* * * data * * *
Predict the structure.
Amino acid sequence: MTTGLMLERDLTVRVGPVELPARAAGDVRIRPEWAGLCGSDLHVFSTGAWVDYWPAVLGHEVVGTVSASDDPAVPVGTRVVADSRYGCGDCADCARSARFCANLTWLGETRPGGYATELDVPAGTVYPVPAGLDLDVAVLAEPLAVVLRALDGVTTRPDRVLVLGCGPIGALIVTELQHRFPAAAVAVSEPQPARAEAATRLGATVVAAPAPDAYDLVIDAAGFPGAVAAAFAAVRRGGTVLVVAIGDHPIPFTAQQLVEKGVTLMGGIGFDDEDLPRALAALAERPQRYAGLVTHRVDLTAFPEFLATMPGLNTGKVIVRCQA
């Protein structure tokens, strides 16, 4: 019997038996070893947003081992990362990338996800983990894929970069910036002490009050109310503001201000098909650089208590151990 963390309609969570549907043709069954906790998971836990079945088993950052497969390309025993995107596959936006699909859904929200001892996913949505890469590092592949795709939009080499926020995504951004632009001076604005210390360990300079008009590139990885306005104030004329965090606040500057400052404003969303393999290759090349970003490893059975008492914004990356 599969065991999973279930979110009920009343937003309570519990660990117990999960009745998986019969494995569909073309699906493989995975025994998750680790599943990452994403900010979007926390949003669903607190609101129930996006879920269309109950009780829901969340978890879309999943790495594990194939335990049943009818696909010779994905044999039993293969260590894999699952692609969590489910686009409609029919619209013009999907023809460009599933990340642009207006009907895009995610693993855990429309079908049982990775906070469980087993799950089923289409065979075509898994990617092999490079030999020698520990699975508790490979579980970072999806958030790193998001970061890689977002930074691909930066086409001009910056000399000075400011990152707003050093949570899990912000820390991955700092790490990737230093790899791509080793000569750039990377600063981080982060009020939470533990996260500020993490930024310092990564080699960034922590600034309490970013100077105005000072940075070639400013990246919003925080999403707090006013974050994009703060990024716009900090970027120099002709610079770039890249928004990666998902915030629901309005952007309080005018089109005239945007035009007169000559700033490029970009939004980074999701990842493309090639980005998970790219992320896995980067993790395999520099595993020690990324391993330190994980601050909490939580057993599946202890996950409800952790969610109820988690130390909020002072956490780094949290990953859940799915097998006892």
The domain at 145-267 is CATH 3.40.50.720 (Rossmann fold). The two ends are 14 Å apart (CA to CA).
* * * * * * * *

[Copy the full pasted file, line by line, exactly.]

Predict the structure.
Amino acid sequence: MTTGLMLERDLTVRVGPVELPARAAGDVRIRPEWAGLCGSDLHVFSTGAWVDYWPAVLGHEVVGTVSASDDPAVPVGTRVVADSRYGCGDCADCARSARFCANLTWLGETRPGGYATELDVPAGTVYPVPAGLDLDVAVLAEPLAVVLRALDGVTTRPDRVLVLGCGPIGALIVTELQHRFPAAAVAVSEPQPARAEAATRLGATVVAAPAPDAYDLVIDAAGFPGAVAAAFAAVRRGGTVLVVAIGDHPIPFTAQQLVEKGVTLMGGIGFDDEDLPRALAALAERPQRYAGLVTHRVDLTAFPEFLATMPGLNTGKVIVRCQA
């Protein structure tokens, strides 16, 4: 019997038996070893947003081992990362990338996800983990894929970069910036002490009050109310503001201000098909650089208590151990 963390309609969570549907043709069954906790998971836990079945088993950052497969390309025993995107596959936006699909859904929200001892996913949505890469590092592949795709939009080499926020995504951004632009001076604005210390360990300079008009590139990885306005104030004329965090606040500057400052404003969303393999290759090349970003490893059975008492914004990356 599969065991999973279930979110009920009343937003309570519990660990117990999960009745998986019969494995569909073309699906493989995975025994998750680790599943990452994403900010979007926390949003669903607190609101129930996006879920269309109950009780829901969340978890879309999943790495594990194939335990049943009818696909010779994905044999039993293969260590894999699952692609969590489910686009409609029919619209013009999907023809460009599933990340642009207006009907895009995610693993855990429309079908049982990775906070469980087993799950089923289409065979075509898994990617092999490079030999020698520990699975508790490979579980970072999806958030790193998001970061890689977002930074691909930066086409001009910056000399000075400011990152707003050093949570899990912000820390991955700092790490990737230093790899791509080793000569750039990377600063981080982060009020939470533990996260500020993490930024310092990564080699960034922590600034309490970013100077105005000072940075070639400013990246919003925080999403707090006013974050994009703060990024716009900090970027120099002709610079770039890249928004990666998902915030629901309005952007309080005018089109005239945007035009007169000559700033490029970009939004980074999701990842493309090639980005998970790219992320896995980067993790395999520099595993020690990324391993330190994980601050909490939580057993599946202890996950409800952790969610109820988690130390909020002072956490780094949290990953859940799915097998006892």
The domain at 145-267 is CATH 3.40.50.720 (Rossmann fold). The two ends are 14 Å apart (CA to CA).